Cyrus Keith is here today to talk about Critical Mass–the final book in The NADIA Project series!
Ah, that there is a starter for sure. Critical Mass (coming February 2013 from MuseItUp Publishing) is the last installment of my series The NADIA Project, and finishes the story of Nadia Velasquez began in Becoming NADIA.
That’s the weird part. Well, maybe not so weird for a writer. I had a dream one night about meeting Nadia (I didn’t know her name, just her character). She was so real, she was nearly human, but I knew she wasn’t. I also knew what would happen if her enemies (her makers) caught up with her. She looked at me with tears streaming down her face, and cried, “But I don’t want to die.”
I start with what I call working notes. It might look like an outline, or maybe not. It’s just a running story-line, kind of like a storyboard, where I set out the major plot points: At Point A, this happens. At Point B, this happens. On and on until I set out how the story is going to end. Then I start back at the beginning and fill in the points from A to B to C, etc. all the way down the line. If something happens that changes it, I just go with the change.
Funny you should ask. I did steal some names from people I know. No need to be too specific, they know who they are. Jenna Paine is physically based on a young lady who worked in the same department as I did for some time. Not that this lady was a butt-kicking super-spy, but her appearance and mannerisms just matched up perfectly with what I had in mind for Jenna. I did include one of the guys from the dept. in Critical Mass as well, by name and appearance. He’s a pretty good sort, and seemed to fit where I wanted someone like that, so I used him.
I have to say everyone I’ve killed, left my story at the right time. The only difficulty was being so attached I didn’t want to see them go. I cried more than once in this series, mourning for dear friends whose stories just came to their suitable ends.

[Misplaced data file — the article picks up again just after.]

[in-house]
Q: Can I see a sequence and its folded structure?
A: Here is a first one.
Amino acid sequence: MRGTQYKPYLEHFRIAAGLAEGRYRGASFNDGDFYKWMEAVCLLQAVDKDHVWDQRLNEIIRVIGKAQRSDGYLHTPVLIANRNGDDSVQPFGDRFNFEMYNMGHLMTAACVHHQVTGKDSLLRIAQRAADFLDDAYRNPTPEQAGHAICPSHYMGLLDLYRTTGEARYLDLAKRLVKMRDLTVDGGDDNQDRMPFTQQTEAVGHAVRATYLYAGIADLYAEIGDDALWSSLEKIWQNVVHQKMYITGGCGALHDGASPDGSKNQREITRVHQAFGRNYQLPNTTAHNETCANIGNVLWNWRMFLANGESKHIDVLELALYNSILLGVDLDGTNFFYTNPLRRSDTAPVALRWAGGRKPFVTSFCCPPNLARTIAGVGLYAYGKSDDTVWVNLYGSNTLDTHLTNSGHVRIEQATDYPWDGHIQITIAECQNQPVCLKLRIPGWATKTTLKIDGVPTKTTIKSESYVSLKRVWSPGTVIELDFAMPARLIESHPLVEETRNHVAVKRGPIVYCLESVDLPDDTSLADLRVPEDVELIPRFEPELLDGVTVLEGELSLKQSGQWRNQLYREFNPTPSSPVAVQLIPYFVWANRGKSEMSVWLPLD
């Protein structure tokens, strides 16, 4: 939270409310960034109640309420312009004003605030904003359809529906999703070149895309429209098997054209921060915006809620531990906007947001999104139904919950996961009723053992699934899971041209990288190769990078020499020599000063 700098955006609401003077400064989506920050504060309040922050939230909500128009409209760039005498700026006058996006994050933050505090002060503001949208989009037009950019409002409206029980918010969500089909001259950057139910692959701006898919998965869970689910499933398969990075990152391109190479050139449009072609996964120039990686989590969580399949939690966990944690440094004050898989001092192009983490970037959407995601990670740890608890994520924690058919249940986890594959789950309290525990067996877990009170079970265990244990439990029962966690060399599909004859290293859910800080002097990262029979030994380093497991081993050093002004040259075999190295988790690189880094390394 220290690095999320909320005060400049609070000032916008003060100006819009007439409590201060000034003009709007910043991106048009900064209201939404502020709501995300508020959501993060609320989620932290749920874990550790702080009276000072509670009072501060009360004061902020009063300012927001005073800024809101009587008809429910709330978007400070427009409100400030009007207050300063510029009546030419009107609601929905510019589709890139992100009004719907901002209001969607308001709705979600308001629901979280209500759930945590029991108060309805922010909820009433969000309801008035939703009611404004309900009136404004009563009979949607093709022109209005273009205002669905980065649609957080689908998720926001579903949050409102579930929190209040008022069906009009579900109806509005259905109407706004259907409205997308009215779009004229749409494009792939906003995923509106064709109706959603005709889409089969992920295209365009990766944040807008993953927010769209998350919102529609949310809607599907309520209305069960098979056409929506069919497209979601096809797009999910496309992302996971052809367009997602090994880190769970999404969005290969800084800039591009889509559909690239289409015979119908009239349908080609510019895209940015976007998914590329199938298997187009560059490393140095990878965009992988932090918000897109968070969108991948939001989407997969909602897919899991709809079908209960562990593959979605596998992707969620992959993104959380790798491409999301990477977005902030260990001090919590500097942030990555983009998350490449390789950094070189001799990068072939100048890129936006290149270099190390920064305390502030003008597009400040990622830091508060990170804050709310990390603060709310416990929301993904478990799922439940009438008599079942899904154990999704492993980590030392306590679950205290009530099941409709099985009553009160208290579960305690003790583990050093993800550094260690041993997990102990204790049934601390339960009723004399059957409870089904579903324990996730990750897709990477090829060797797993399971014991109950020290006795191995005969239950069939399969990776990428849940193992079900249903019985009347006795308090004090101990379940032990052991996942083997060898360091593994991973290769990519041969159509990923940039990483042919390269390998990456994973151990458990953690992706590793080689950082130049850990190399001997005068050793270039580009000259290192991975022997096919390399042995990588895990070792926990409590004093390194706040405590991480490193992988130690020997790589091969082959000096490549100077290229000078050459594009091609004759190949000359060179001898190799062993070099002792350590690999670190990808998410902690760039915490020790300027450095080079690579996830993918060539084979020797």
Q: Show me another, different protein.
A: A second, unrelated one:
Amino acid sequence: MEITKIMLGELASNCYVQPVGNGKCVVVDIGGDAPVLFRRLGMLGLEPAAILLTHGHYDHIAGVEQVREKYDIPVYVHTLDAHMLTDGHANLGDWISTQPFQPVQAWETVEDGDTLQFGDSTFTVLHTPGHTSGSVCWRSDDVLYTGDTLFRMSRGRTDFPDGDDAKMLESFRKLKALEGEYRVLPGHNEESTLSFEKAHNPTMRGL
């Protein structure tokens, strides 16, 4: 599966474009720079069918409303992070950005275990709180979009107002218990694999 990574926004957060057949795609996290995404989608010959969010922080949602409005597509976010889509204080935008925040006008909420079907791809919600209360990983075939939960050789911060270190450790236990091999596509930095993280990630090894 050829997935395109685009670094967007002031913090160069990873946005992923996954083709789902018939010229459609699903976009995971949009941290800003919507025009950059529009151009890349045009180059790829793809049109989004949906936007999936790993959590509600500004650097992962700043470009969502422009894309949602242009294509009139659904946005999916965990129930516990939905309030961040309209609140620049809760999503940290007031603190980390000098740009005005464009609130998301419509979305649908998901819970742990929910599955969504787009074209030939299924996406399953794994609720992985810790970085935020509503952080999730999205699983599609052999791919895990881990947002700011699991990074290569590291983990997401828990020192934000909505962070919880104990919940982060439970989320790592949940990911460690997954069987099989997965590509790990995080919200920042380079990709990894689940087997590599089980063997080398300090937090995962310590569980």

I do sometimes wonder about that. I think Jake Gyllenhaal could play Jon. John Leguizamo could be Bunny. Nadia might be played by Taylor Swift, if she could handle the role.
There’s the rub. When I first started writing, no one did. I wanted to be like the artist who reveals his brainchild only at the right time, to oohs and aahs from his adoring fans. Okay, maybe that’s exaggerating just a little bit, but I did have that kind of mentality. Since then, I’ve come to know the value of critique partners and beta readers. I have a good eight or so crit partners and three beta readers who give me the most awesome feedback on my work, and help me get it in shape for market.
How to say “Little Fish” like a nickname in Japanese.
As a matter of fact, I’m polishing off the NADIA Project with a novella that Lea Schizas and I intend to release as a free read (Did you get that “free” part?”). It details the life of Jenna Paine and how she came to be the person she is.
Okay, seriously, now. I hope you enjoy my work. The first novel in the series, Becoming NADIA, won Best Thriller honors at EPICon 2012 this year in San Antonio, and I think the following books are even better, if I say so myself. We get to explore some very deep themes of identity and spirituality and have fun dodging bullets in the bargain.
The easy thing to say is just Google Cyrus Keith. Becoming NADIA and its sequel Unalive (Book Two) can be found on line at MuseItUp Publishing (www.museituppublishing.com) and are available at all your favorite online outlets as well (Amazon, Barnes and Noble, Smashwords, Omnilit, and a host of others). Critical Mass will be available this coming February. So for everyone who’s been waiting to see how it all ends, thank you for your patience. I think you’ll find it a fitting close to the series.
On their own, they’re deadly. Together, they could save the world—or destroy it.
Jenna Paine is a super spy, genetically enhanced to be more than human. Nadia Velasquez is a living weapon of mass destruction. When the secret organization who built them both decides they are no longer useful, two enemies are thrown together for the only purposes they could have in common: survival and revenge.
There’s only one way out of The Pinnacle, and that’s on a coroner’s slab. Jenna lives through a treacherous attack vowing to exact her vengeance on the people who trained her to be the most deadly agent on the planet. Wounded and on the run, she turns to the man who’s sworn to making her face charges for her involvement in the Pinnacle’s nefarious schemes.